Researchers at Websense Security Labs discovered the attack, which included the subject line "New resume" and came with a ZIP file attachment and what appeared to be a picture file. When opened, the files spreads bot malware and, ultimately, fake antivirus software.
"From what the Websense Security Labs has ascertained, the email campaign would be most relevant to HR departments and managers considering hiring. Employees in these types of roles would most likely be encouraged to view the attachments," says Carl Leonard, senior manager of security research for Websense Security Labs.
An executable inside the ZIP file contains the Oficla bot, according to the researchers; the bot connects to a command and control server in the davidopolku.ru domain, and also communicates with topcarmitsubishi.com.br, get-money-now.net, mamapapalol.com, and li1i16b0.com. The malware issues a warning message that the victim's PC is "infected," and then it downloads the Security Essentials 2010 fake AV program.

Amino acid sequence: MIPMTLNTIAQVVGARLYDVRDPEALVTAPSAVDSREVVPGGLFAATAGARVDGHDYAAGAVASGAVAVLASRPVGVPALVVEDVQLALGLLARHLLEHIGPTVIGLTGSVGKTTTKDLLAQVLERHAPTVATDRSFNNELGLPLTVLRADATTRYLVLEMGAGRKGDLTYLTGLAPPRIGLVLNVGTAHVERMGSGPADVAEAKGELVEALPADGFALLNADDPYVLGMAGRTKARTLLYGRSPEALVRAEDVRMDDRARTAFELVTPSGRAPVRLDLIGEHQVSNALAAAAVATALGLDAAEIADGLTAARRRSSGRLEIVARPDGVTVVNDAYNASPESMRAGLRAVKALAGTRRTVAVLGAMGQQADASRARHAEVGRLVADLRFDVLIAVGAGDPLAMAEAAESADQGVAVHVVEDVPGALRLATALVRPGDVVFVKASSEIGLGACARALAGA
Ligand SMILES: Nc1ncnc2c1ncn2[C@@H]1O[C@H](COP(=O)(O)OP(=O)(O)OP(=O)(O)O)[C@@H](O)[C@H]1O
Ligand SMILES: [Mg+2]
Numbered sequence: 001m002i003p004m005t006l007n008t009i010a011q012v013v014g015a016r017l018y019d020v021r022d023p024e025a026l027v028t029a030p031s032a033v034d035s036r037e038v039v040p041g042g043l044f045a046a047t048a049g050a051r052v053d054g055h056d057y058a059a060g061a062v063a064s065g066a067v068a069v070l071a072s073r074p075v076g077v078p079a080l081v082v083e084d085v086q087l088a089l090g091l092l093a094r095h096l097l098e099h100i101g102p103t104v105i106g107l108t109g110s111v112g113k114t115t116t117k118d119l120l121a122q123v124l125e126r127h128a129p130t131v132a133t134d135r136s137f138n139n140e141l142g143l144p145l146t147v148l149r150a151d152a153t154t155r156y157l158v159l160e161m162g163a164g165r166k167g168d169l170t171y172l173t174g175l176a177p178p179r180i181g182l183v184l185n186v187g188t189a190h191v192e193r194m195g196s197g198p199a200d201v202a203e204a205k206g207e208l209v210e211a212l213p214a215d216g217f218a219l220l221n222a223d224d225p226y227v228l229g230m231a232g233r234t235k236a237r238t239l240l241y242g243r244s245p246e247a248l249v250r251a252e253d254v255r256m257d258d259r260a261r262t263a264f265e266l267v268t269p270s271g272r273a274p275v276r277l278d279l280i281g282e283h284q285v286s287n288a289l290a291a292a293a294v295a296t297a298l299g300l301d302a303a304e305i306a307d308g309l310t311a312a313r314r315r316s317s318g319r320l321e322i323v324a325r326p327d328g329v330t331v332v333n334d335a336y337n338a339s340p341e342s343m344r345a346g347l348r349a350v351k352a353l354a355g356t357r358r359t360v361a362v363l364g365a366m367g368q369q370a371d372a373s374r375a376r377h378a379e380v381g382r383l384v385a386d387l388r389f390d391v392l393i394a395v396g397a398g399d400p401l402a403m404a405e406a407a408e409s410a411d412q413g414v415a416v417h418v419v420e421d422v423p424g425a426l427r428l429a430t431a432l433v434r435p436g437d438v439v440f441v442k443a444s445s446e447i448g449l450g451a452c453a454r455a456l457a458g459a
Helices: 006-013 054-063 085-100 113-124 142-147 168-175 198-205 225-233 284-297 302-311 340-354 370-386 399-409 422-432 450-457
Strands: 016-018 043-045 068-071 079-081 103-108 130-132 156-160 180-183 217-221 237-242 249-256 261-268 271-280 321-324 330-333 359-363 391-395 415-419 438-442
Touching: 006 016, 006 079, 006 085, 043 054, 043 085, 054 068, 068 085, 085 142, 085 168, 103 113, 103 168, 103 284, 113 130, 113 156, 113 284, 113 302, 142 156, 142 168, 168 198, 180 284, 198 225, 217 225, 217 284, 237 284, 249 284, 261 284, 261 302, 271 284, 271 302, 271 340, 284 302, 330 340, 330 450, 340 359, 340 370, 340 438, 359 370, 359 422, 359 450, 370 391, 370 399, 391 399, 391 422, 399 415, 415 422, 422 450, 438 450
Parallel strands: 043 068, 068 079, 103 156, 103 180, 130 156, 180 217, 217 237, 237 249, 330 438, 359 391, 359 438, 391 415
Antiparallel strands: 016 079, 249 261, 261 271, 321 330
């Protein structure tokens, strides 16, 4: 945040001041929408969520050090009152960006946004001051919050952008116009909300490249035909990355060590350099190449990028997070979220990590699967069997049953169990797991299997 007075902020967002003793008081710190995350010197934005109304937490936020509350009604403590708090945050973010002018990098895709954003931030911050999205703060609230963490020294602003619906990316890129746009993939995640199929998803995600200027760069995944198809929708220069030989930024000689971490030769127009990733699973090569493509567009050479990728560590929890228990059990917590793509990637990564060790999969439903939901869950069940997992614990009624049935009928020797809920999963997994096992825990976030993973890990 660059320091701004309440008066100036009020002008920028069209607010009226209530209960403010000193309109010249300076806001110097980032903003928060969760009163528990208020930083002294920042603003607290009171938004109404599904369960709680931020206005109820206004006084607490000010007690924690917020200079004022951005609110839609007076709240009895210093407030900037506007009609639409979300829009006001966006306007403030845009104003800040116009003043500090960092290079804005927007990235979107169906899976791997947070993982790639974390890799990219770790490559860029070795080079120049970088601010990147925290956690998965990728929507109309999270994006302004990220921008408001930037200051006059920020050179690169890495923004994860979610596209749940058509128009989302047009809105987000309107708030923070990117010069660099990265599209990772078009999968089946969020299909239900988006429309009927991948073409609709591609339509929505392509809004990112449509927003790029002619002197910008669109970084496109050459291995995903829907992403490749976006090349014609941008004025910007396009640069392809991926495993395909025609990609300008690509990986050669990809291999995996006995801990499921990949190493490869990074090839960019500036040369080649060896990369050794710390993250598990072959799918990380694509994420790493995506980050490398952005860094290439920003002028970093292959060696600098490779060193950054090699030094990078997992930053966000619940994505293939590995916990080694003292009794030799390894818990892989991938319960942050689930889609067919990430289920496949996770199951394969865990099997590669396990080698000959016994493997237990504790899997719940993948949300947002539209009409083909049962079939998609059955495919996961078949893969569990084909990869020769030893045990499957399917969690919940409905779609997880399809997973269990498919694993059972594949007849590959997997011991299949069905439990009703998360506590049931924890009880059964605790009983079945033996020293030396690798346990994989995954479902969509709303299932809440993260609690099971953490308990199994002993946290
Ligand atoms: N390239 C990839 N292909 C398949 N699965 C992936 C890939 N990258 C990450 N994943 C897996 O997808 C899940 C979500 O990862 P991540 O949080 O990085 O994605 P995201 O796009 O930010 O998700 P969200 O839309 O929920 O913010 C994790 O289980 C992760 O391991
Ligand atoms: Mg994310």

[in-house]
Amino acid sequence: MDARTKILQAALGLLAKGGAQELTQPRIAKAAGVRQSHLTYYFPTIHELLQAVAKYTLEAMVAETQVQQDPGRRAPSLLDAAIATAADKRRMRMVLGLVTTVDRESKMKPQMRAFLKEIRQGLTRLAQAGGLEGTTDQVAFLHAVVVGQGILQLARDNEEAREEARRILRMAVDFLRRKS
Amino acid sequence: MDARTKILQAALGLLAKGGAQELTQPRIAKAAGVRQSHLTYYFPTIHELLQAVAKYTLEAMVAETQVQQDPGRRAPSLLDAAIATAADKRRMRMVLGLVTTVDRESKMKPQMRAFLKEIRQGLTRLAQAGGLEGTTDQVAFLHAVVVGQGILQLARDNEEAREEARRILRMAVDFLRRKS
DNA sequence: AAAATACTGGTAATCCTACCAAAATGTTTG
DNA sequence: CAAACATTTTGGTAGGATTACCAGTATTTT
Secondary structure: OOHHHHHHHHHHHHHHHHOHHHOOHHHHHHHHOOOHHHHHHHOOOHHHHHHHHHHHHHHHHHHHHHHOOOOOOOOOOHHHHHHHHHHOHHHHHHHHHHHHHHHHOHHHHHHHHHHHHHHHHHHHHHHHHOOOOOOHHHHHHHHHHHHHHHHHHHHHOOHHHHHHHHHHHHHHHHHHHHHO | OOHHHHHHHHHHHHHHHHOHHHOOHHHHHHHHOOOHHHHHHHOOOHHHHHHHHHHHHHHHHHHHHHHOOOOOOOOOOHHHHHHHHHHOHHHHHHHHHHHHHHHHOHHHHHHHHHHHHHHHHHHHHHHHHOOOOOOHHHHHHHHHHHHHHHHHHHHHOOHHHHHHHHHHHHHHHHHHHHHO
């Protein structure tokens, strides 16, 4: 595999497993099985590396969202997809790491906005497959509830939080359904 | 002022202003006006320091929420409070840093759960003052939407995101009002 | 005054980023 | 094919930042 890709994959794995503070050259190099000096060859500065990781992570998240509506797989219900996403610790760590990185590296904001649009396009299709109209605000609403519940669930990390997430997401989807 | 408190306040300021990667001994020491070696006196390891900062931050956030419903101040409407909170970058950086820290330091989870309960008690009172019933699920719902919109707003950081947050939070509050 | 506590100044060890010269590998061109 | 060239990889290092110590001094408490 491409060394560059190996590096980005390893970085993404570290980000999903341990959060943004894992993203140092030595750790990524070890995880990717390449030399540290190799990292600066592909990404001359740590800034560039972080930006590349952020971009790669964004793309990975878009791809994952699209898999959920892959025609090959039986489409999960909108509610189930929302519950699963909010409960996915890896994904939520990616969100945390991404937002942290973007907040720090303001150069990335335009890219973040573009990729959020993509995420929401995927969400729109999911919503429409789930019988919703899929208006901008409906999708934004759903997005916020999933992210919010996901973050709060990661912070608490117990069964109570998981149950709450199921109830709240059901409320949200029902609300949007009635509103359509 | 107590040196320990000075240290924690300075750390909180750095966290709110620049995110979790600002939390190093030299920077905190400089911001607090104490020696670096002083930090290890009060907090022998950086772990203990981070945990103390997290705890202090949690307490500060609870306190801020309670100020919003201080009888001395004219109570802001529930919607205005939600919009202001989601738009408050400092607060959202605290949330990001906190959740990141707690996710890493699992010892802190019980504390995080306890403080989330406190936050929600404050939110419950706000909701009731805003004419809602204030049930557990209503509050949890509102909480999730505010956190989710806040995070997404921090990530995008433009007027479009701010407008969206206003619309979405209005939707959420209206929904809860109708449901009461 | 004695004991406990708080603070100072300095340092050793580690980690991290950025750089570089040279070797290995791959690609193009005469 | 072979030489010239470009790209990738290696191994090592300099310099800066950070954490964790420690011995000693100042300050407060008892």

Leonard says the attackers appear to be trying to make money both by selling fake AV and building out a botnet. "This attack installed a downloader onto the infected user's computer. This means that any payload could be delivered with different directives," he says.
This attack had morphed today, with a modified binary, different subject line, and different email message. "The theme was the same, though a prospective application with a CV attached. A CV campaign is still ongoing right now [as of 5:30 U.K. time], sending to hundreds of thousands of recipients," Leonard says.
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